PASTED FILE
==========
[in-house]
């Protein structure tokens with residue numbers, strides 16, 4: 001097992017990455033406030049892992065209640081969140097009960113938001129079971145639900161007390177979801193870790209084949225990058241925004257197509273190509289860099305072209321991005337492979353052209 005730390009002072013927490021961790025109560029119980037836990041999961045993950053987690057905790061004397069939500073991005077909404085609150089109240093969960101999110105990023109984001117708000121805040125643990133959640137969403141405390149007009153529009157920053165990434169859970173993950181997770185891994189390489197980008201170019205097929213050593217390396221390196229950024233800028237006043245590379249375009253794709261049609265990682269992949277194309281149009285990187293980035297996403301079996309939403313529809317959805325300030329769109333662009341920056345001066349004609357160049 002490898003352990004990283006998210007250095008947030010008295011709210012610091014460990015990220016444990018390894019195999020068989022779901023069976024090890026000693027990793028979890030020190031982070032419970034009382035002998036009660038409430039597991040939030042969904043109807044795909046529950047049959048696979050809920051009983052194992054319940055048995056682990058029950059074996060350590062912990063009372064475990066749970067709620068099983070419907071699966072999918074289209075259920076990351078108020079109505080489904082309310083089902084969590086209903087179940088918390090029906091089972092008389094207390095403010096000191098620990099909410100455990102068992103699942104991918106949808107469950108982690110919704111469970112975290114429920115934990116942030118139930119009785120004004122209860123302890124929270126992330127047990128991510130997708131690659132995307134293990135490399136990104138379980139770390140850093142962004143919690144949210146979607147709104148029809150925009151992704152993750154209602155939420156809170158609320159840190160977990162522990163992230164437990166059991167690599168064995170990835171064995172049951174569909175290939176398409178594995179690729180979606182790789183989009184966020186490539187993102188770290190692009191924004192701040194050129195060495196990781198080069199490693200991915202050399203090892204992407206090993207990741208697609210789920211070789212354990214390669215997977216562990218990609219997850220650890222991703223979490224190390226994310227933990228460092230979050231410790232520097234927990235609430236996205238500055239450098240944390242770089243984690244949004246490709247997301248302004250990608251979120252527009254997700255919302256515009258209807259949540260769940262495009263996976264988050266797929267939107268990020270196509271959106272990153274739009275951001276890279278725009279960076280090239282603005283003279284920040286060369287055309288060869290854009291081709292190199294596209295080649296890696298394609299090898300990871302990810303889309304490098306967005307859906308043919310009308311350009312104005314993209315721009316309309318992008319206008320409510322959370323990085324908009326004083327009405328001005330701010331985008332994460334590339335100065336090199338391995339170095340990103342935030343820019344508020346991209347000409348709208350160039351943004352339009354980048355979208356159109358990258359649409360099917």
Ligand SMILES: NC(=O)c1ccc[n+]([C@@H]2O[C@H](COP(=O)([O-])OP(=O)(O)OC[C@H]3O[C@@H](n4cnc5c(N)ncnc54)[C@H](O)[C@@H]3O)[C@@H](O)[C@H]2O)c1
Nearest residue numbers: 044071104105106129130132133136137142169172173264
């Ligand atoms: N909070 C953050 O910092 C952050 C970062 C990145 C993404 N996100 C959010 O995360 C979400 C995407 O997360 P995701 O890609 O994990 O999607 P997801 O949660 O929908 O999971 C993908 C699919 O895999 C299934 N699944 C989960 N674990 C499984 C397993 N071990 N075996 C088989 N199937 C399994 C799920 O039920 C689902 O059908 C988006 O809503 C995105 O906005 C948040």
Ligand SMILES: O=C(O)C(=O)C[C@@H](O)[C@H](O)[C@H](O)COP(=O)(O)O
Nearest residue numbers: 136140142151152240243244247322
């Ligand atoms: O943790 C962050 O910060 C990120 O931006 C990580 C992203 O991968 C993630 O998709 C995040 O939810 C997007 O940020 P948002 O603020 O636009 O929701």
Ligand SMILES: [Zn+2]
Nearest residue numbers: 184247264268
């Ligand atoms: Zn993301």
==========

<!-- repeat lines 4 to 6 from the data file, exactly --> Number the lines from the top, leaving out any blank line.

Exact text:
Nearest residue numbers: 044071104105106129130132133136137142169172173264
């Ligand atoms: N909070 C953050 O910092 C952050 C970062 C990145 C993404 N996100 C959010 O995360 C979400 C995407 O997360 P995701 O890609 O994990 O999607 P997801 O949660 O929908 O999971 C993908 C699919 O895999 C299934 N699944 C989960 N674990 C499984 C397993 N071990 N075996 C088989 N199937 C399994 C799920 O039920 C689902 O059908 C988006 O809503 C995105 O906005 C948040």
Ligand SMILES: O=C(O)C(=O)C[C@@H](O)[C@H](O)[C@H](O)COP(=O)(O)O